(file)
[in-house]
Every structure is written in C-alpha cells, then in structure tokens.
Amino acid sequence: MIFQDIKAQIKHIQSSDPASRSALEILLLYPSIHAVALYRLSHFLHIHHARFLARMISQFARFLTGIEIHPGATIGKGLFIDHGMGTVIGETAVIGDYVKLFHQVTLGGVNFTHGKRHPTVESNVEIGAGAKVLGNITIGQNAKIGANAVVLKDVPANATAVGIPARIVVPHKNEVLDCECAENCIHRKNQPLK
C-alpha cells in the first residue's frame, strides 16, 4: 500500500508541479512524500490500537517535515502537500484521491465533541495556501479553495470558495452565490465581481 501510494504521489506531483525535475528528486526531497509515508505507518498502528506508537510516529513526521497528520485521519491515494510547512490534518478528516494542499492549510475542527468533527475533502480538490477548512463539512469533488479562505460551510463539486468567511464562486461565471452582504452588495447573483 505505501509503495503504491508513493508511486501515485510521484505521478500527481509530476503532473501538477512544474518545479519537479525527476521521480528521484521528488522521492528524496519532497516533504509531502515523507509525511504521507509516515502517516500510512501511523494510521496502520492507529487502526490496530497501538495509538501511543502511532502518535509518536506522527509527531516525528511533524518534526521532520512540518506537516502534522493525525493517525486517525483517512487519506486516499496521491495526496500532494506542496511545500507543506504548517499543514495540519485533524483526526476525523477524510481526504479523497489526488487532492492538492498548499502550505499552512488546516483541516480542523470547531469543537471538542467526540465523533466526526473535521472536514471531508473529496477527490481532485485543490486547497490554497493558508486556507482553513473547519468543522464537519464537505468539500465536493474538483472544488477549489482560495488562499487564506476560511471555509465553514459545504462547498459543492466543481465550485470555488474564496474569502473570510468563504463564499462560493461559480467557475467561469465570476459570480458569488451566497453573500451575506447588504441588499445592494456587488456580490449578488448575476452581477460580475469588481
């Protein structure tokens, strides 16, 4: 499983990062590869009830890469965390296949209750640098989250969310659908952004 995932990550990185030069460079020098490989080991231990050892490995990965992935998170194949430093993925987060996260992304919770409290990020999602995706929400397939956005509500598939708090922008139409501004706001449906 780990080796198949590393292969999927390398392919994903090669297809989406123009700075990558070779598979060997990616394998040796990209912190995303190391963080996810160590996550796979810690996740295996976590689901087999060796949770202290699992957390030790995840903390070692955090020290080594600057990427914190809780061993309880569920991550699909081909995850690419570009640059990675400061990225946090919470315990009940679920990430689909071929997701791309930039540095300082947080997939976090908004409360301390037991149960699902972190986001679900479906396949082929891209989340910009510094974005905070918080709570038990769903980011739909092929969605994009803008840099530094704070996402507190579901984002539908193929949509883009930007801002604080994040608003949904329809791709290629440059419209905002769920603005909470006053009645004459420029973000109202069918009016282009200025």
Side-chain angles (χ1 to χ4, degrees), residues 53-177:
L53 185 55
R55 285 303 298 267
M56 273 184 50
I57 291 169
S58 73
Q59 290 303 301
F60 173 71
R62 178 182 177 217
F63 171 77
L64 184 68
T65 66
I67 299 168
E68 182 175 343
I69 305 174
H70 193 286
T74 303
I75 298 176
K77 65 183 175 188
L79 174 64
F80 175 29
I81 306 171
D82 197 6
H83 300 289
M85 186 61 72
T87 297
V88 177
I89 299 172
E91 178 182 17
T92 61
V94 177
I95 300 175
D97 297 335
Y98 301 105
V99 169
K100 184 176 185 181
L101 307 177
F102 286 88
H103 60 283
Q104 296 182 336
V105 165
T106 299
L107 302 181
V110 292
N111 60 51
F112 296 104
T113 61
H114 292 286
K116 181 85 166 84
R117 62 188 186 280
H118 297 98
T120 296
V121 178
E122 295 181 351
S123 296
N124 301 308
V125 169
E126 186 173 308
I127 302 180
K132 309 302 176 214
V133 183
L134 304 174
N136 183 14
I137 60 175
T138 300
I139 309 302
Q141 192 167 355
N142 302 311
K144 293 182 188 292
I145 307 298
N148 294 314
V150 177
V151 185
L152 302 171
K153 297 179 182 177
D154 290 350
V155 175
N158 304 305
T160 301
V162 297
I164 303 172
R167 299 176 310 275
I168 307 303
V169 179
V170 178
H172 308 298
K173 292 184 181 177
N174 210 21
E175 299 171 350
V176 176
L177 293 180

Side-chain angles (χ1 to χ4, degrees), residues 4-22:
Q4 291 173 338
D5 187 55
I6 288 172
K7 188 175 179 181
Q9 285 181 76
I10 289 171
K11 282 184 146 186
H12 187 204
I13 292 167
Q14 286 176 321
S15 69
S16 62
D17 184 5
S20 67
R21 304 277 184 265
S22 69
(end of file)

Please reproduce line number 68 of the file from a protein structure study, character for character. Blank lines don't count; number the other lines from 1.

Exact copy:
N136 183 14